Winning The Weight Loss Battle

Courtney
McGrath
Strict Diet and Discipline Helps Teen Lose More Than 200 lbs.

Ashley Melvin had a blast this summer swimming at camp, walking her dog in her Eastern Shore hometown, celebrating her Sweet Sixteen at a bowling alley.

What a difference a year makes. In August 2002, paramedics rushed to Ashley's house when she fell and her frightened grandparents realized they couldn't help her get up. At 397 lbs, Ashley was dangerously overweight. The teen depended on oxygen 24 hours a day and her feet had swollen so large she could not wear shoes.

Ashley's weight problem didn't stem from poor eating habits. Ashley has Prader-Willi Syndrome, a genetic disorder that occurs in about one in 15,000 births. A defect in the hypothalamus region of the brain causes children with Prader -Willi to begin experiencing insatiable hunger during the preschool years. Combine this constant hunger with a tendency towards lower muscle tone and a reduced need for calories, and individuals with Prader-Willi develop a predisposition to obesity that can become life-threatening.

Doctors arranged for Ashley to be treated at Kennedy Krieger's Pediatric Feeding Disorders Unit. Most children come to the unit because they cannot or will not eat. This time, Dr. Ann Scheimann and a team of nutritionists, physical therapists, and psychologists used the same multi-disciplinary approach to help Ashley lose weight."Ashley was on a very restricted diet at first because we needed to aggressively get some weight off of her," says Dr. Scheimann. "But we moved toward a plan that could be used at home, using foods the family normally eats."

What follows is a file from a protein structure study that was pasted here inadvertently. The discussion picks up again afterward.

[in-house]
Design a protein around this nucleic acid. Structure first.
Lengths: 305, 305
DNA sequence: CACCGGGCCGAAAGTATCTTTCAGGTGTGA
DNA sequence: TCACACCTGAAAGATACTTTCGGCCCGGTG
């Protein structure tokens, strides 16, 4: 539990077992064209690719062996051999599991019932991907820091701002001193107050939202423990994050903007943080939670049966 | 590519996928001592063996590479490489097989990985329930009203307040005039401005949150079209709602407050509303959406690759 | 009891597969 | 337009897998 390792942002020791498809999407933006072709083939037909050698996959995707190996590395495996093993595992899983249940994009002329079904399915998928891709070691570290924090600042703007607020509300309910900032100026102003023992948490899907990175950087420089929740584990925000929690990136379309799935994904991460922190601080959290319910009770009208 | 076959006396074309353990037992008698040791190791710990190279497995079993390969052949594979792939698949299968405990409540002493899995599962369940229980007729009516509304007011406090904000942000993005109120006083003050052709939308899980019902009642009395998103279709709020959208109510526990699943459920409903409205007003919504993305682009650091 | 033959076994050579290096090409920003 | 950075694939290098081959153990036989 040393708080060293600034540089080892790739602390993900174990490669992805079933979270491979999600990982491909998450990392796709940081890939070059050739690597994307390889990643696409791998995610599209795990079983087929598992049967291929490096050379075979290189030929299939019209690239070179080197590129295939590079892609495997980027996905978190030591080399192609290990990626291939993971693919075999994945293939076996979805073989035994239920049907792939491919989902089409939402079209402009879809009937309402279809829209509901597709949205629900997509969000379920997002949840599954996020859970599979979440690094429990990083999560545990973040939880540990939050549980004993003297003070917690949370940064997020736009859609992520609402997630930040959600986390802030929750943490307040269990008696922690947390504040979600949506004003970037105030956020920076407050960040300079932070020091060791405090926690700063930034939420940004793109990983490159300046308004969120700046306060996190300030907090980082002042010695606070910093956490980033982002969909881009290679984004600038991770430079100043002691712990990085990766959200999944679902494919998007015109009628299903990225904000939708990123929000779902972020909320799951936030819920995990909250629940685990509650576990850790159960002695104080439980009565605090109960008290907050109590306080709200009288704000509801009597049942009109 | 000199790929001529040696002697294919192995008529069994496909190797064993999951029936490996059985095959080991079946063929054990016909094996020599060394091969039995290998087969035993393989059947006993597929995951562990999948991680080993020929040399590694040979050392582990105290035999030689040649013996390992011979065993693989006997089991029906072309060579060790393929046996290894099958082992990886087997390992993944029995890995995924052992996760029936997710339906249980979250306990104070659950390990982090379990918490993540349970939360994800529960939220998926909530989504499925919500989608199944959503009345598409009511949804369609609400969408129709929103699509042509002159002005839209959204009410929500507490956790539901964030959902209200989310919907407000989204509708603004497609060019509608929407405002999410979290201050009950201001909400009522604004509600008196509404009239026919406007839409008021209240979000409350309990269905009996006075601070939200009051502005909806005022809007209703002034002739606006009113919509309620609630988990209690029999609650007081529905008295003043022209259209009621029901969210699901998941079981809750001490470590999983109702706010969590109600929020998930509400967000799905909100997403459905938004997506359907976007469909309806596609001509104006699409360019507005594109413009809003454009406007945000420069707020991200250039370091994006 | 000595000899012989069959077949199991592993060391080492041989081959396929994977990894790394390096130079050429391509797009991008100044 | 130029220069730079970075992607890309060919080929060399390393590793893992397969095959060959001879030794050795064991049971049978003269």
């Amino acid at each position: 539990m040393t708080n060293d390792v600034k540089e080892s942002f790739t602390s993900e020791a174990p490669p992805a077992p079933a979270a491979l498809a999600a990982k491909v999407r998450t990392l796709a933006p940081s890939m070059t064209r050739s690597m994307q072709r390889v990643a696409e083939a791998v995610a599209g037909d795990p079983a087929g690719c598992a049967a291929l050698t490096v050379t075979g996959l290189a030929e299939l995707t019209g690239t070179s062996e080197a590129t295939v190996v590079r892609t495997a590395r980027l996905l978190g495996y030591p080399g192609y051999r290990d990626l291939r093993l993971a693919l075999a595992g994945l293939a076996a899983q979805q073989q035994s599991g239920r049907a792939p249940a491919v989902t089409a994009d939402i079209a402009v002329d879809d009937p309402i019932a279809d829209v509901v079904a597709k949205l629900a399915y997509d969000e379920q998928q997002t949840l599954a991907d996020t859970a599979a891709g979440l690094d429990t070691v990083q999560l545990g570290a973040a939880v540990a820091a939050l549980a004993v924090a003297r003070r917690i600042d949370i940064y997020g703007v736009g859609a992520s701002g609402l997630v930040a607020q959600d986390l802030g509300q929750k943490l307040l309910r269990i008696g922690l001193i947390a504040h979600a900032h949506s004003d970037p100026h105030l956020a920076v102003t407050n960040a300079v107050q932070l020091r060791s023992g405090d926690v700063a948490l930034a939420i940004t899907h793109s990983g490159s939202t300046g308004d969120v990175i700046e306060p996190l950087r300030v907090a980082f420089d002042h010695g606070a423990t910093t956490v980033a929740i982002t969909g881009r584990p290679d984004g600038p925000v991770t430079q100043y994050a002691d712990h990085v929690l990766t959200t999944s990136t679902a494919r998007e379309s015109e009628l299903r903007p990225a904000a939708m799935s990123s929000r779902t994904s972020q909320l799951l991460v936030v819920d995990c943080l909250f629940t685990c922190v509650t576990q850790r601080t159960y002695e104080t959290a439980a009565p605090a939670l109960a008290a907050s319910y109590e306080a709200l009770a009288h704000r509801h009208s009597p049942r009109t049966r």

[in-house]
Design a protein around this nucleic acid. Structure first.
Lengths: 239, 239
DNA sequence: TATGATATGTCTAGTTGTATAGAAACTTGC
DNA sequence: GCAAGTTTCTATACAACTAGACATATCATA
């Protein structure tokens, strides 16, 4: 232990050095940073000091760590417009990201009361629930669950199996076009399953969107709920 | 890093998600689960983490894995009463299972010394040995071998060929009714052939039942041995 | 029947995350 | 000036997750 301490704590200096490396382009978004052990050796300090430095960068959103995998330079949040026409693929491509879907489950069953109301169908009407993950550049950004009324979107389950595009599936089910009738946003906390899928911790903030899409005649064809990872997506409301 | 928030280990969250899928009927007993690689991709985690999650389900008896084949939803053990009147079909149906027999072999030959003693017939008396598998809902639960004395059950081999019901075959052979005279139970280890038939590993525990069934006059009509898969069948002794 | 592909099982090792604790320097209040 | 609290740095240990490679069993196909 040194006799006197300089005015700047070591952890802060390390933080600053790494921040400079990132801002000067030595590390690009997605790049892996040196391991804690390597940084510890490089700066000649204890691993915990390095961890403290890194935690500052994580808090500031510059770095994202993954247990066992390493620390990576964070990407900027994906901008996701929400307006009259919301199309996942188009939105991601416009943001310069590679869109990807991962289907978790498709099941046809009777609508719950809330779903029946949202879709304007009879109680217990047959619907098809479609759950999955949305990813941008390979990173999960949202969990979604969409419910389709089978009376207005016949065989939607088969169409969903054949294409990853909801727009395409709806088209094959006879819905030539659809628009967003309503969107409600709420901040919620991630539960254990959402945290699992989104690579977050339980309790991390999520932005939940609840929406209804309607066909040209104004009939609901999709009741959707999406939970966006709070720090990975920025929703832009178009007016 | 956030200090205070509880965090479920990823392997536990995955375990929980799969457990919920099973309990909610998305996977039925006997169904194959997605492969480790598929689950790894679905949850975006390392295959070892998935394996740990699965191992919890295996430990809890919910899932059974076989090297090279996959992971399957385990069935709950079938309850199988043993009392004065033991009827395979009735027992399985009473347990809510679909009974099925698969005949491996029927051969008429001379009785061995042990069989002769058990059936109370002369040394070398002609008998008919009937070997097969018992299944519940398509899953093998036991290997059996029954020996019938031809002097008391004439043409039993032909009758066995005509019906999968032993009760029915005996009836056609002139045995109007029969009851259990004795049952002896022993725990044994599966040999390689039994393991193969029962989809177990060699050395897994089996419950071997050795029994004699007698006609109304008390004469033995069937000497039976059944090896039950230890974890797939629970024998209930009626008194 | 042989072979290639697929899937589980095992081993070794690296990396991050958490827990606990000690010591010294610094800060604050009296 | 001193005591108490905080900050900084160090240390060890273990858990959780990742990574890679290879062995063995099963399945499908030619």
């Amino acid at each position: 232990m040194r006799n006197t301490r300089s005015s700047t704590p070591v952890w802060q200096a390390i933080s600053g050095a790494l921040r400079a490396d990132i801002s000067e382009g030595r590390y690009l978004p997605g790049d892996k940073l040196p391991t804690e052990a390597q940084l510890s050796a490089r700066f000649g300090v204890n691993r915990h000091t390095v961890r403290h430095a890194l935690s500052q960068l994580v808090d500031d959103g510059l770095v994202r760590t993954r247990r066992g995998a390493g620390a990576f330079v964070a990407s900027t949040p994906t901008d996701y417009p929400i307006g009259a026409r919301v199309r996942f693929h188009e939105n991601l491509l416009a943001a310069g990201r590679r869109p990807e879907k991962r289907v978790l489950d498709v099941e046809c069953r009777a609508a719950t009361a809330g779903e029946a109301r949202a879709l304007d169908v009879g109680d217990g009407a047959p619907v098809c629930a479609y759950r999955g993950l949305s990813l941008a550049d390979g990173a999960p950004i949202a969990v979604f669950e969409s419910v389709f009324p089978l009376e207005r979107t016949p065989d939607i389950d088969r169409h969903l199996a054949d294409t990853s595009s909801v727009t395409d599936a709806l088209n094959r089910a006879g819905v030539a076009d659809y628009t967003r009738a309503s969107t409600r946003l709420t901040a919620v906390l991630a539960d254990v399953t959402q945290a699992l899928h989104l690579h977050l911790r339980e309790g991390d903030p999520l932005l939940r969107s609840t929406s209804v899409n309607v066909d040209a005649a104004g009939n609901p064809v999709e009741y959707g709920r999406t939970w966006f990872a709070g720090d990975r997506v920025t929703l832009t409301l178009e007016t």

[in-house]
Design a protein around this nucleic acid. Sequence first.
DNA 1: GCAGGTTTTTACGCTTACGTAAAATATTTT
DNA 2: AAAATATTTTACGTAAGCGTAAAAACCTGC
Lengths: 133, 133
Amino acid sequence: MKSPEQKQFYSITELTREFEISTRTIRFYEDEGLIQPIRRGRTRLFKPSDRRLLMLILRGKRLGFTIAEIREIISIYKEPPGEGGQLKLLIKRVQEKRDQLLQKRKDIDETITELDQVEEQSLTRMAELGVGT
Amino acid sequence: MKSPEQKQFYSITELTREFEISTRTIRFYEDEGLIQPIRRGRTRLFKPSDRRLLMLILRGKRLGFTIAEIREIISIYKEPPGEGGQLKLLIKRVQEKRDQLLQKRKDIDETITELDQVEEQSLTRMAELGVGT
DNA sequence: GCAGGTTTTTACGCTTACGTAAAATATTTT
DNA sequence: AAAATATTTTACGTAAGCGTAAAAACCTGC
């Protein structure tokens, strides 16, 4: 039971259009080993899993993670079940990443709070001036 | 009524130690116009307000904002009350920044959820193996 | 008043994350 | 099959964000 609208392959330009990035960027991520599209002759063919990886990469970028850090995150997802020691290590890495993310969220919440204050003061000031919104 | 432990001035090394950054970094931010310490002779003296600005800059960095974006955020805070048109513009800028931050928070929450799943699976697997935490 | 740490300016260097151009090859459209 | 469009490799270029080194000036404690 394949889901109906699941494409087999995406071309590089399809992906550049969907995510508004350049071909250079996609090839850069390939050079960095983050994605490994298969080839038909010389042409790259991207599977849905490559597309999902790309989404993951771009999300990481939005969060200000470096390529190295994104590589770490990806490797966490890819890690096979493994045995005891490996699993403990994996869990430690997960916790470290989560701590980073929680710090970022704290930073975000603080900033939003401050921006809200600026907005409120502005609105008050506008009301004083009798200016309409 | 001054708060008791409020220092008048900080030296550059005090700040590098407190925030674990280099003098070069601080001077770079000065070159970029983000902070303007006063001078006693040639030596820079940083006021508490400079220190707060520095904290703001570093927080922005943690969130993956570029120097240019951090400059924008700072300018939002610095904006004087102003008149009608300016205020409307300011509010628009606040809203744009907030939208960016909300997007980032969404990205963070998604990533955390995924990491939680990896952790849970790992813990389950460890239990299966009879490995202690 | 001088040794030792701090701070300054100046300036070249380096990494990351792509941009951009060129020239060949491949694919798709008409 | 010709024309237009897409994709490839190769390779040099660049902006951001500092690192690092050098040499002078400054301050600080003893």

Ashley remained in the feeding unit for four months. The controlled environment of the unit allowed Ashley to get used to her new diet. "And while we needed physical therapy to get her moving again, she came to us with breathing and heart problems, so we had to monitor her very closely and make sure she could use the treadmill safely," Dr. Scheimann says.

By following a low-carbohydrate, high-fiber diet heavy on lean meats and green vegetables, Ashley lost 138 pounds in the unit and has continued to drop weight at home. She no longer uses oxygen during the day, and should soon be able to go off it entirely. Barely able to move a year ago, Ashley stays active by walking her dog and working out to exercise videos.

Ashley's still well above her goal weight of 114 pounds. But at 191 pounds in August, she weighed less than half what she did when she first came to Kennedy Krieger.

Grandmother Linda Sparks packs Ashley's lunch daily, and Ashley's teachers know about her strict diet. "They know I can only have a teeny piece of cake at parties," Ashley says. Individuals with Prader-Willi usually require a controlled eating environment throughout their lives often by living in a group home with others with Prader-Willi. Ashley's cognitive impairments common in individuals with the disorder are severe enough that she will always need a guardian to monitor her meals.

The Kennedy Krieger team that worked with Ashley last year barely recognizes her now. Her grandmother sometimes has the same problem: "It's remarkable. Sometimes I have to look twice to make sure it's Ashley," she says.